Slam Poetry Q&A with Laura Brown-Lavoie

Slam Poetry Q&A with Laura Brown-Lavoie

Because Allen Ginsberg says, “Slam! Into the Mouth of the Dharma!”
Because Gregory Corso says, “Why do you want to hang out with us old guys? If I
   was young, I’d be going to the Slam!”
Because Bob Kaufman says, “Each Slam / a finality.”
—Bob Holman, from “Why Slam Causes Pain and Is a Good Thing”

In the course of the last few decades, slam has revitalized interest in poetry as a performance art. It thrives outside the constrains of academia and tradition, a powerful democratizing force that attracts a range of poets. Head to a competition and you’ll likely hear everything from searing social commentary to boisterous comic routines to lovelorn confessional epics. Slam is a force to be reckoned with, and it happens right here at AS220 every other Thursday.

If you hadn’t made it to a slam yet, you’re in luck. Tonight, six local youth poets from the Providence Slam Team prepare to compete at the Brave New Voices International Youth Poetry Festival in Philadelphia. Join us at the Performance Space and support qualifiers Jazlyn Luben, Ian Rosales, Naomy Guiterrez, Alice Rayner, Joely Barrios, and Seth Larbi as they test their mettle with a 10-round decathlon slam.

Curious about how slam poetry shapes communities? Check out our Q&A with writing mentor and community educator Laura Brown-Lavoie.

Can you briefly describe what your organization does for the Providence community?
ProvSlam is a place for writers and performers of all kinds, all ages, all backgrounds to get together twice a month and listen to each other express ourselves.

Why do you think spoken word is valuable as a creative outlet for young people?
Young people have so much to say! And they don’t often get center stage.

How can youths or community members get involved with your organization?
There are so many ways to get involved! Anyone can come to our twice monthly shows. They are 1st and 3rd Thursdays in the performance space at 115 Empire. It’s only $4 admission, and on youth nights (every 3rd Thursday) it’s $2 for anyone 19 and under. The audience is such an important part of the energy of the show, because the best spoken word performances are a dialogue, where the performer can really feel the audience out there listening and reacting. Another way to get involved is to perform on the open mic. We post the list half an hour before the show (7:30) and it fills up quick! Anyone can sign up, as long as they are not covering copyrighted songs.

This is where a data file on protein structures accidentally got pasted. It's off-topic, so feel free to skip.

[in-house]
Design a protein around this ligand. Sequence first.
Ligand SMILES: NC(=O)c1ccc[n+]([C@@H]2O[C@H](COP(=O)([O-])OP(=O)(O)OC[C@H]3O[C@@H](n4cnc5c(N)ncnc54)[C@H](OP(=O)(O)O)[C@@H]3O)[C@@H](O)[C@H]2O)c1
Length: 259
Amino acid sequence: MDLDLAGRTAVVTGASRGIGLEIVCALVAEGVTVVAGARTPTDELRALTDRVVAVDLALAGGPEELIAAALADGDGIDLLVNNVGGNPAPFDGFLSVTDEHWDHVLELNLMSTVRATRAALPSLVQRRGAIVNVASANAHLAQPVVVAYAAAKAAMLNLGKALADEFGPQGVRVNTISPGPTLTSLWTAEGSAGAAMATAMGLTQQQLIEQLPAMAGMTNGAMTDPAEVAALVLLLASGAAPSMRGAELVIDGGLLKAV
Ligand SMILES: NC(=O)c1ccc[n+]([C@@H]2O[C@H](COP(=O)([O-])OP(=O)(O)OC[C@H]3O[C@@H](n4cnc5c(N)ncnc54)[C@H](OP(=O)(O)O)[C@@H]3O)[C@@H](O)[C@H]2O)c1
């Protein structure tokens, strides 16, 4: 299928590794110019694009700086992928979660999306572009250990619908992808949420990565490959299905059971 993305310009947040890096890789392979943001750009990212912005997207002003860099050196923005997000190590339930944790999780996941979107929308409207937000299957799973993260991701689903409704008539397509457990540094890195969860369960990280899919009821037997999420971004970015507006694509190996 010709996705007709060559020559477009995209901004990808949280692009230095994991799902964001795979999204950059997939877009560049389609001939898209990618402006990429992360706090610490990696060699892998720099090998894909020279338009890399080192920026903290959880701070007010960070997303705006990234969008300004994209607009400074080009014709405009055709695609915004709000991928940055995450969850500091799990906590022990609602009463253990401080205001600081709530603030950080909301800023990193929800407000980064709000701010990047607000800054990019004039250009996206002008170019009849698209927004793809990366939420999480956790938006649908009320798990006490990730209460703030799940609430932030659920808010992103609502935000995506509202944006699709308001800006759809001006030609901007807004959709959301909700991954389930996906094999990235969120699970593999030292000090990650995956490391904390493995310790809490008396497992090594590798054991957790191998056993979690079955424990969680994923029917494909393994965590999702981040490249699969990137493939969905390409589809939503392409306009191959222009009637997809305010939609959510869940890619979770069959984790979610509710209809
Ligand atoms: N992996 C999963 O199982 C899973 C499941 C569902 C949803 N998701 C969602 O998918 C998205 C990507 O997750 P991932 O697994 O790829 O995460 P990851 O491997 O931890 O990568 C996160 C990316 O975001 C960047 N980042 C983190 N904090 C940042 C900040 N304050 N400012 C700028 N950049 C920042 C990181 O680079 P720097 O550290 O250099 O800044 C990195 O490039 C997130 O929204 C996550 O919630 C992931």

If you want to get involved in slamming you can do that too. A poetry slam is a competition in which poets take turns presenting their own original writing and judges from the audience score each poem, until, by the end of the night, there’s a winner. Every year, Providence sends six youth poets to Brave New Voices, and also an all-ages team to the National Poetry Slam. Our twice-monthly slams are the process by which the teams are selected.

Can you describe a favorite moment from one of your poetry slams?
My favorite moment is when someone goes up and says “this is a new poem” and when they read it you can tell it was something they had to write, like it was just bursting out of them, and the whole audience gets to be a witness of that necessary explosion of self-expression.

How was the ProvSlam team selected for the Brave New Voices international poetry slam?
The BNV team was selected through a series of qualifying slams, once a month, Sept-January. Then in February, the winners of our qualifiers went head-to-head to select the six team members at our Youth Finals slam. The next slam season starts up again in September!

If you can’t catch the show tonight, it’s not too late to support the team! Check out their Indiegogo campaign and help them raise funds for the trip.